Emotional Mugger is the kind of record you want to love. It’s the kind of record you want to be so much better than it really is.
And who could blame you for wanting such a thing? It’s easy to love Ty Segall. He’s the friendliest guitar hero alive, having ascended to underground superstardom without losing his punk credibility or gaining an obvious ego. We can root for him, we can bet on his rapid and consistently excellent output year after year. Such realities are what make Emotional Mugger such a hard pill to swallow, as the record does the incomprehensible: disappoint.
It doesn’t start that way. The album roars out of the gate with force and finesse, only to lose its head before the halfway mark and stumble to the end. There are a few moments of devilish enjoyment (“Mandy Cream”) on the back half, but the best two songs are the first two songs, and then it’s all downhill from there.
Good news first: album opener “Squealer” is a squelchy bass-in-your-face joyride, promising further pyrotechnics as it closes. “California Hills” stands head and shoulders above every other track on the album, Segall’s delightfully scatterbrained guitarwork hitting top form and staying there at every twisted turn. It’s also the only track that threatens to dazzle the listener, while the rest choose self-assured over shocking, spectacular, or even memorable.
Occasionally, self-assured morphs into self-obsessed. Take “W.U.O.T.W.S.,” which is three straight minutes of Segall trying to find a signal on his radio and encountering a few seconds of a Hendrix-esque riff and some feedback-slathered clips of previous songs. It’s practically unlistenable, and serves as a baffling segue into album finale “Magazine,” a halfway decent midtempo song left dangling without fireworks or closure by its placement within the tracklist.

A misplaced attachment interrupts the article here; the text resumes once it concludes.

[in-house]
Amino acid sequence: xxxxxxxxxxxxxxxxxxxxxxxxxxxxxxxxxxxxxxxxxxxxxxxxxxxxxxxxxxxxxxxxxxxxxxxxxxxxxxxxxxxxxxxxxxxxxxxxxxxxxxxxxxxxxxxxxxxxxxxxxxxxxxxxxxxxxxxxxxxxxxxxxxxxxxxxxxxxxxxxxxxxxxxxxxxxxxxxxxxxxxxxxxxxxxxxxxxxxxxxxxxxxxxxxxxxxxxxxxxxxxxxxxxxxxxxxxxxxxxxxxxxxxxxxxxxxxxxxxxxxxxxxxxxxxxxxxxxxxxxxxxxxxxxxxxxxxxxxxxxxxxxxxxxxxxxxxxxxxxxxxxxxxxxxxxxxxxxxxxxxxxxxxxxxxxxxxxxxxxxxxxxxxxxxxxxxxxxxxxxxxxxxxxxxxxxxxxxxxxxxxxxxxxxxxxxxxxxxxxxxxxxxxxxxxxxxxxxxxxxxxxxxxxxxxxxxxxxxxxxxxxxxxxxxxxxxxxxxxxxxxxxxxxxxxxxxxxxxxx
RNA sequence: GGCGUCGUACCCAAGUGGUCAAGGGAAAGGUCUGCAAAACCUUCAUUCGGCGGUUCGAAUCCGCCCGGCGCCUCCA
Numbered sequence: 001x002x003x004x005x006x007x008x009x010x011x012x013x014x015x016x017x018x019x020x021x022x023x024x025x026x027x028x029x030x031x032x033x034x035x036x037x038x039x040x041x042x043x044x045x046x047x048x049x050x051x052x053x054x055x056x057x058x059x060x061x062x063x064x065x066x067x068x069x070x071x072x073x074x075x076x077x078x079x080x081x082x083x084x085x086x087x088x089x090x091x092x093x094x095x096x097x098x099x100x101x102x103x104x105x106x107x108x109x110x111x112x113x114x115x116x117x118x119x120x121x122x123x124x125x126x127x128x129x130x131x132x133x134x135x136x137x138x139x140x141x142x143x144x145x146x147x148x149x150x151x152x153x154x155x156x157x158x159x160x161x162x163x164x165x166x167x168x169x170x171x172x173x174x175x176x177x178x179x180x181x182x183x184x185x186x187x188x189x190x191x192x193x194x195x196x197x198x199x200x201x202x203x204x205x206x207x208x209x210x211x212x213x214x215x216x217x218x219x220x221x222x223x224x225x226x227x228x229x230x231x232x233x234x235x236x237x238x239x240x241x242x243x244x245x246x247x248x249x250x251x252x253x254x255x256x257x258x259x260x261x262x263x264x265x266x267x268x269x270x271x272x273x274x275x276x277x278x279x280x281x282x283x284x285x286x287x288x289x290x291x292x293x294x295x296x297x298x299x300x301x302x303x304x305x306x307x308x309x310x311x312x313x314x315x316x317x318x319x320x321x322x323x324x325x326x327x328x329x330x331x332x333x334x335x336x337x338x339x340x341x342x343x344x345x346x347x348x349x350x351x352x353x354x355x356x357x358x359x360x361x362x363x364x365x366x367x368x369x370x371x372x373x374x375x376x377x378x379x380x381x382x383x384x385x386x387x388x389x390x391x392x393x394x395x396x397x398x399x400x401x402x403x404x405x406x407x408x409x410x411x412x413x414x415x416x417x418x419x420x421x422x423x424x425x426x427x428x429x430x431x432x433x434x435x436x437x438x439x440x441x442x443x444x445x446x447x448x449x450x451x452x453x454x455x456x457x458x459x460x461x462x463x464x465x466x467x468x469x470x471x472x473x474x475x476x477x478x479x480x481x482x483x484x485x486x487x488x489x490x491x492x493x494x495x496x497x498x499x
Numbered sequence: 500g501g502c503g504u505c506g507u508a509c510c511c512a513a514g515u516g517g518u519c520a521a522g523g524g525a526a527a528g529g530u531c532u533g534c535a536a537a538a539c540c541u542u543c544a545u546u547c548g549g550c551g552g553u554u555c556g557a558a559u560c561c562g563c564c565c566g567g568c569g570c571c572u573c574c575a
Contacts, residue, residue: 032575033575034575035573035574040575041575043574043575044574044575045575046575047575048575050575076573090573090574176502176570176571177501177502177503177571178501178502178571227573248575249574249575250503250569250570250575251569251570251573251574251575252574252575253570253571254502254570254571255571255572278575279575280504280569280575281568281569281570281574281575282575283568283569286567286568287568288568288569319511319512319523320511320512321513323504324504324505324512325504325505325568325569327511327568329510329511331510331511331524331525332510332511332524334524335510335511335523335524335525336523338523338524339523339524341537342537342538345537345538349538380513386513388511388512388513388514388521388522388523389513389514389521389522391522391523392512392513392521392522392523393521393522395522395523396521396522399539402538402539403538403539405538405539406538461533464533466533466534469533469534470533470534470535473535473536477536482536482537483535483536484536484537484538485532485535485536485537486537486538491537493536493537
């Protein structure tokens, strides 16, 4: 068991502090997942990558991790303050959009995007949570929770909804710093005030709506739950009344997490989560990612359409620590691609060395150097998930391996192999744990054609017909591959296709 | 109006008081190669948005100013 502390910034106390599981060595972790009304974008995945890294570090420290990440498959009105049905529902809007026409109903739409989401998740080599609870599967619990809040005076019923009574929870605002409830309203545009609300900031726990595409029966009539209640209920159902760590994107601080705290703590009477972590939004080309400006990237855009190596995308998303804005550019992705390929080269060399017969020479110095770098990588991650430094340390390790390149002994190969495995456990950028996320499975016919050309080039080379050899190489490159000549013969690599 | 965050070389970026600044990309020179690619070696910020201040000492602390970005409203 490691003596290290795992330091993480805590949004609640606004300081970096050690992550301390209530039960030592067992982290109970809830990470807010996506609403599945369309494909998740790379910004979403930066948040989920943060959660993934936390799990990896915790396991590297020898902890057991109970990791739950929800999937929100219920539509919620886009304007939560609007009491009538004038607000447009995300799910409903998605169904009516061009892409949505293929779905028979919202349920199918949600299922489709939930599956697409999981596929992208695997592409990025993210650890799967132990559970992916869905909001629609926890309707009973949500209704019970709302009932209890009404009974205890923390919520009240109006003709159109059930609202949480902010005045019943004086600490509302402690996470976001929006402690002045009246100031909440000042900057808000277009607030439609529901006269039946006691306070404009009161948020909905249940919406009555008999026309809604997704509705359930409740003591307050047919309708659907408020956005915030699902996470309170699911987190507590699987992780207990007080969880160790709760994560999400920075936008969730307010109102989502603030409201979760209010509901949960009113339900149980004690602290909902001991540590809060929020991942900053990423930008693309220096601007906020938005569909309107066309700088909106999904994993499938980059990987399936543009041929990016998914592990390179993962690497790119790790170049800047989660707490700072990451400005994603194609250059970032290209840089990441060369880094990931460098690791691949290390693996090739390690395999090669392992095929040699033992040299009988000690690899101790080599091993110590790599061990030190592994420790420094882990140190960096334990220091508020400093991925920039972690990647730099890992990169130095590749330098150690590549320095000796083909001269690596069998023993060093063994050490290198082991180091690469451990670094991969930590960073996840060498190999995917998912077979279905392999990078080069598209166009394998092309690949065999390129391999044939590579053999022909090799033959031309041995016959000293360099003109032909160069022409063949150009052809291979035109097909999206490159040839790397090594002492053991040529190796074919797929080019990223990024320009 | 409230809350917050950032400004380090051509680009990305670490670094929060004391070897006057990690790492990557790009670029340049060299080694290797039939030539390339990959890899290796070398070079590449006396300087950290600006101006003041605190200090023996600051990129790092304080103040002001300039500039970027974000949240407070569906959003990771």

Add the two overarching themes – babies and candy – and the whole thing starts to feel like a bizarre, unfunny joke. It’s not clear which aspects are intentional and which are accidental, but the literal infantilizing of the record scans as distracting rather than unifying. Segall never decides between lo-fi or sophisticated production, and switches back and forth more than once. Whereas 2014’s glam rock-influenced Manipulator played like a fully realized project, Emotional Mugger languishes in its own misdirection, lacking the clear-eyed purpose and sequin-lined confidence of its predecessor.
To his credit, Segall understands his own precarious position. Ten albums into his career, he has become immediately associated with the specific sound he spent his twenties developing, sharpening, and relentlessly touring. And to neglect pushing the boundaries of that sound as he pushes thirty would have been the greater disappointment.
Therein lies the most forgivable element of Emotional Mugger. The record crawls towards unfamiliar territory, even if it doesn’t make a sturdy home once there. But at least he tries. He claws his way out of his own mold, twists his songwriting into shapes only vaguely familiar. He enlists his super talented friends (Charles Mootheart, King Tuff, Mikal Cronin, Dale Crover, and No Age producer F. Bermudez) to help it come together. He freaks out his listeners, casts a grim atmosphere over each song, and forces himself to confront his own lasting trademarks.
If only it translated better. Segall has lost the plot amid the cacophony, chaos and childish concept. The novelty wears off, but the evidence of a wholehearted effort remains, even if the final product leaves something to be desired.